Controlling Spin: Emergent Magnetic Phenomena at Interfaces, Spin Currents and the Future of Spintronics

Wednesday, April 18, 2018, 3:00 - 4:00 pm in 6-2202


Yuri Suzuki
Stanford University

Host: Alpha N'Diaye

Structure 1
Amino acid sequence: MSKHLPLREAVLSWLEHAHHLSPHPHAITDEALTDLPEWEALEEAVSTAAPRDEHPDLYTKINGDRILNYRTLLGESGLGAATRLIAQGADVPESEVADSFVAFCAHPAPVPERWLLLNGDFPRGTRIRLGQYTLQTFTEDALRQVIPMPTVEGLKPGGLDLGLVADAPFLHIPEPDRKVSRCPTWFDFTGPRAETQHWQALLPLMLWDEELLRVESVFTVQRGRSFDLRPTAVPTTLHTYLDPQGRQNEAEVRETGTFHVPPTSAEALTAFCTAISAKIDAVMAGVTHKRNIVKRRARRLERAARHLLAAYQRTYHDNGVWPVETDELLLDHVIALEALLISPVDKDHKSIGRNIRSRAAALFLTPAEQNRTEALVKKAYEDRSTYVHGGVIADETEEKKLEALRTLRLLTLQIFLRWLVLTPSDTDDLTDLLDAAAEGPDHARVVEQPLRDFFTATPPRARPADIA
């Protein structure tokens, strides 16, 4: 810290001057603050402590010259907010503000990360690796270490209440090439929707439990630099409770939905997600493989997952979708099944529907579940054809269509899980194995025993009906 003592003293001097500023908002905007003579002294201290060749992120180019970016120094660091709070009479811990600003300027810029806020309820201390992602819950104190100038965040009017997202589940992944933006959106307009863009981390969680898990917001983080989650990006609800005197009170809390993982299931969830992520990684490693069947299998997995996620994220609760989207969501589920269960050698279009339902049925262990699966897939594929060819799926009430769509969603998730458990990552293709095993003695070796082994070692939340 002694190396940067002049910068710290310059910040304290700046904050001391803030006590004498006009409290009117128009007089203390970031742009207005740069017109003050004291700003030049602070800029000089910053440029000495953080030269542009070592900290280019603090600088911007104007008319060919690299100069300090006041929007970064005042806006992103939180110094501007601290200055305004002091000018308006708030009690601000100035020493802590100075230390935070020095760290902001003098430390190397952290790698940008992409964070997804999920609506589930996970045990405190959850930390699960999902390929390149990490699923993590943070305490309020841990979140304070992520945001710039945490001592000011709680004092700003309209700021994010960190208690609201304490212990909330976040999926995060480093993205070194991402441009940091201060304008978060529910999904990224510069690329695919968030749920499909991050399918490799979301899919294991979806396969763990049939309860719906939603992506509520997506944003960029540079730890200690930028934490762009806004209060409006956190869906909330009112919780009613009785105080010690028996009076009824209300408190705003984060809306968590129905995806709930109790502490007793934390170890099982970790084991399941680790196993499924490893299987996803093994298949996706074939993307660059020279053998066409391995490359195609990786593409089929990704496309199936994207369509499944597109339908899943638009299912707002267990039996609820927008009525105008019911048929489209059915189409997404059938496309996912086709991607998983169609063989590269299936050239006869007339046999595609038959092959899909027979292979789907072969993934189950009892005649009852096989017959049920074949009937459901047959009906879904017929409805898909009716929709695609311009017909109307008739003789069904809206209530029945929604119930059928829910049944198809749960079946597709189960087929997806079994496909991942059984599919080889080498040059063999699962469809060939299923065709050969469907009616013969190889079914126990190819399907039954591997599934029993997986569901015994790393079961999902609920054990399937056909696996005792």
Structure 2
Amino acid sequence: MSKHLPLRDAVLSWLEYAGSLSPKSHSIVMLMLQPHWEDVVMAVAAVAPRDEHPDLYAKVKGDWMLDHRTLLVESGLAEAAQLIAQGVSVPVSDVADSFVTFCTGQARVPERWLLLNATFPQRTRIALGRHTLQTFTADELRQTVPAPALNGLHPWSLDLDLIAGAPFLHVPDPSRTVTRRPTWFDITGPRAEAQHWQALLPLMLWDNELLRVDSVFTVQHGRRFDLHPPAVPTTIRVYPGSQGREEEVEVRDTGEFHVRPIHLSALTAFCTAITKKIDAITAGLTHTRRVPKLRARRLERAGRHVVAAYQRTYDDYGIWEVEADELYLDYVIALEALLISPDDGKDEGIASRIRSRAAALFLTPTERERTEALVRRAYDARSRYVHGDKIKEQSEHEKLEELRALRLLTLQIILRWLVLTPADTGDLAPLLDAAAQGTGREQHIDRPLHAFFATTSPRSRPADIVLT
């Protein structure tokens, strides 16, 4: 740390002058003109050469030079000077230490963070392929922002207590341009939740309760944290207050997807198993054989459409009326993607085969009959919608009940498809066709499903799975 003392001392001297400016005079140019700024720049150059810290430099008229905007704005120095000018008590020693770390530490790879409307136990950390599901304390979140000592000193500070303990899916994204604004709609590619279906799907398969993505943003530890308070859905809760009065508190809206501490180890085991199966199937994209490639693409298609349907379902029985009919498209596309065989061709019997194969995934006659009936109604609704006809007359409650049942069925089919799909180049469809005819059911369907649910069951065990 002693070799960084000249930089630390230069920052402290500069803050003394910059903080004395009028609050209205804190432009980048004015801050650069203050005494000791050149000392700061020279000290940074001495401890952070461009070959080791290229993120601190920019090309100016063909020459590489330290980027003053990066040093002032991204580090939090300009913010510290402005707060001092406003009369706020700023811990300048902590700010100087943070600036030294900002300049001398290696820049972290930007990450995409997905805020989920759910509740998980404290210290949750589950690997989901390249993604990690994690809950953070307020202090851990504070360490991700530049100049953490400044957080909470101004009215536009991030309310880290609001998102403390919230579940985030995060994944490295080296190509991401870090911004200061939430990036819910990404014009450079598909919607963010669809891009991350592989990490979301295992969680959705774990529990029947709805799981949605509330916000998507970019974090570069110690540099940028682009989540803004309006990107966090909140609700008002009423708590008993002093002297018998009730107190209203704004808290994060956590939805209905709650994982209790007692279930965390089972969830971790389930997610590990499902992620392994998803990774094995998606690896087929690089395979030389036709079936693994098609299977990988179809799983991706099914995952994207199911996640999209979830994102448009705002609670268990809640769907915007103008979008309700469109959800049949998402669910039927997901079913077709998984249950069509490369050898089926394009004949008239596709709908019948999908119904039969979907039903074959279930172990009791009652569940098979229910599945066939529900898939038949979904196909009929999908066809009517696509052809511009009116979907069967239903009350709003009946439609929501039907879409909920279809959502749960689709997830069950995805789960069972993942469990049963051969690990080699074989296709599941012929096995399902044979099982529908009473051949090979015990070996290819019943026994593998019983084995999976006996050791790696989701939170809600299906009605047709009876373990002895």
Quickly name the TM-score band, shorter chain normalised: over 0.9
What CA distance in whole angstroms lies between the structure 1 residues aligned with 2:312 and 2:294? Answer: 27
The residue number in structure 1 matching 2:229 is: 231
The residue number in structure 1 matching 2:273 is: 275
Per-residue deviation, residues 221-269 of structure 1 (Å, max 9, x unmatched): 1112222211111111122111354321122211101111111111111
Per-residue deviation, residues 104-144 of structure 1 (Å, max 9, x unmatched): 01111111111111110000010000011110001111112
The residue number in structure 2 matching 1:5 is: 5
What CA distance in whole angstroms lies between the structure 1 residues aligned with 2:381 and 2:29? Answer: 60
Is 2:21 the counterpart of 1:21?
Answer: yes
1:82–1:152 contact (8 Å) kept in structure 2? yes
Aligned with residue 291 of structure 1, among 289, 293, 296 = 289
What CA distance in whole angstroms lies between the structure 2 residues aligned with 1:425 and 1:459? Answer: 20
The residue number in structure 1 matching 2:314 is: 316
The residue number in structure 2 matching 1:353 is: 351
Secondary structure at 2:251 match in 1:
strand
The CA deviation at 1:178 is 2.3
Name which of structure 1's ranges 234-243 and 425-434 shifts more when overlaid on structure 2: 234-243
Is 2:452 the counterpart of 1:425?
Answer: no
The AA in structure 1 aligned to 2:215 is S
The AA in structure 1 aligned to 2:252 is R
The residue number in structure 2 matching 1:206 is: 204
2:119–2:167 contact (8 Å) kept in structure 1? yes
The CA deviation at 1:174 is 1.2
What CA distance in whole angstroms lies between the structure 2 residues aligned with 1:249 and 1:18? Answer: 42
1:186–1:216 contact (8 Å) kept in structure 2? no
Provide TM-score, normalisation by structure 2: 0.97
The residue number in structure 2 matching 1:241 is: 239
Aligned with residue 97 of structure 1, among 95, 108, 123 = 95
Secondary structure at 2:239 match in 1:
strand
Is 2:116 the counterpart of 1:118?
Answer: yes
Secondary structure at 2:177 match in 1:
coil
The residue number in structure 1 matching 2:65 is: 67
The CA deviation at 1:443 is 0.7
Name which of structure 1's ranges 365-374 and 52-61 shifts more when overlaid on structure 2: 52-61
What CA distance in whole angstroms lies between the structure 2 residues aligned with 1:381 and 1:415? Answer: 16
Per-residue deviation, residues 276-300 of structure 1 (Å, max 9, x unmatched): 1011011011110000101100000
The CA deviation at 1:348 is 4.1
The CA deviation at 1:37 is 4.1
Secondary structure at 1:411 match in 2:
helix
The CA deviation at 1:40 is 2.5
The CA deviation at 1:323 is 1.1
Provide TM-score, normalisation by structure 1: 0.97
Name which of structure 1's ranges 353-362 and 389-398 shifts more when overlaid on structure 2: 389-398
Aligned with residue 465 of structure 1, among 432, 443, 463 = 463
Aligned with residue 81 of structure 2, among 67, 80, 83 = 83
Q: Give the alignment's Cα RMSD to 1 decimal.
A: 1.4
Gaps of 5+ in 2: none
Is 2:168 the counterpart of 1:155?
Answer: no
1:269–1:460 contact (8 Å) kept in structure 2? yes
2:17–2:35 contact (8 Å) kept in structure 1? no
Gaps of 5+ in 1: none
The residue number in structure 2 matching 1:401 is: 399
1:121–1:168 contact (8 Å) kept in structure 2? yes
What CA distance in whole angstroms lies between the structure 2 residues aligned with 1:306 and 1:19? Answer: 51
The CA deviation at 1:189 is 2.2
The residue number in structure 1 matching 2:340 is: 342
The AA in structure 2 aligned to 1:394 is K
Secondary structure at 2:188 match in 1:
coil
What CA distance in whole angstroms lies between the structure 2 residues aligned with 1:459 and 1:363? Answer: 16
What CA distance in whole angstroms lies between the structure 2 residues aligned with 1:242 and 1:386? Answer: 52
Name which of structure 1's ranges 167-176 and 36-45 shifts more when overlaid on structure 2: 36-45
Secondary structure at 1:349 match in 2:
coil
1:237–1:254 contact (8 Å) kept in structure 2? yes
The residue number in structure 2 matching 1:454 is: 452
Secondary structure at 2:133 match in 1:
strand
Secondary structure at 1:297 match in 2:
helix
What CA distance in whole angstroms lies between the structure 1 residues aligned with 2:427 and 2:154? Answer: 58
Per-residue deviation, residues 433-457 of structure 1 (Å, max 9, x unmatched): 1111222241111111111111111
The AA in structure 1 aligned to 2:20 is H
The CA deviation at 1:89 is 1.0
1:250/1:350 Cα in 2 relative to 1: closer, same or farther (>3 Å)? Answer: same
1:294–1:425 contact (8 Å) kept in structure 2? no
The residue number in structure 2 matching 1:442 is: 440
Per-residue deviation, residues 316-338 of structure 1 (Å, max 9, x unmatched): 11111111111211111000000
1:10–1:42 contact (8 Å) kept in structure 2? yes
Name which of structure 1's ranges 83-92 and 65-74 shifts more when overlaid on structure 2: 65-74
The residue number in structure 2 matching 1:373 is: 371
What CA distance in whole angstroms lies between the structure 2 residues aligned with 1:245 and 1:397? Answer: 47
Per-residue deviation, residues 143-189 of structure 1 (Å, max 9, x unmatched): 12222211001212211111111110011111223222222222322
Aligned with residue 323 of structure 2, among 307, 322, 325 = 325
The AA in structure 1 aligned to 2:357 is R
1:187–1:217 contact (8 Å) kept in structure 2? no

The manipulation of the spin degrees of freedom in a solid has been of fundamental and technological interest recently for developing high-speed, low-power computational devices. There has been much work focused on developing highly spin-polarized materials and understanding their behavior when incorporated into so-called spintronic devices. Materials that exhibit perpendicular magnetic anisotropy have been of particular interest for spintronic applications. We have recently discovered that perpendicular magnetic anisotropy emerges at the interfaces of SrIrO3 and manganites La1-xSrxMnO3 for Sr rich compositions. Synchrotron x-ray diffraction and linear dichroism measurements indicate a strong correlation between the PMA and the oxygen octahedral rotations at interfaces. Through x-ray diffraction, SQUID magnetometry as well as x-ray magnetic circular dichroism and x-ray linear dichroism, we have determined that the emergent perpendicular magnetic anisotropy is due to the delicate interplay of charge, spin, orbital and lattice degrees of freedom that is associated with charge transfer at the interfaces. More recently, we have found that this perpendicular magnetic anisotropy is tunable by an external field and therefore is promising for voltage-controlled magnetism. The magnetic tunability is also accompanied by a metal insulator transition that may be promising for switching applications as well. We will also discuss some of our recent work on developing new low loss oxide spinels for spin current generation.

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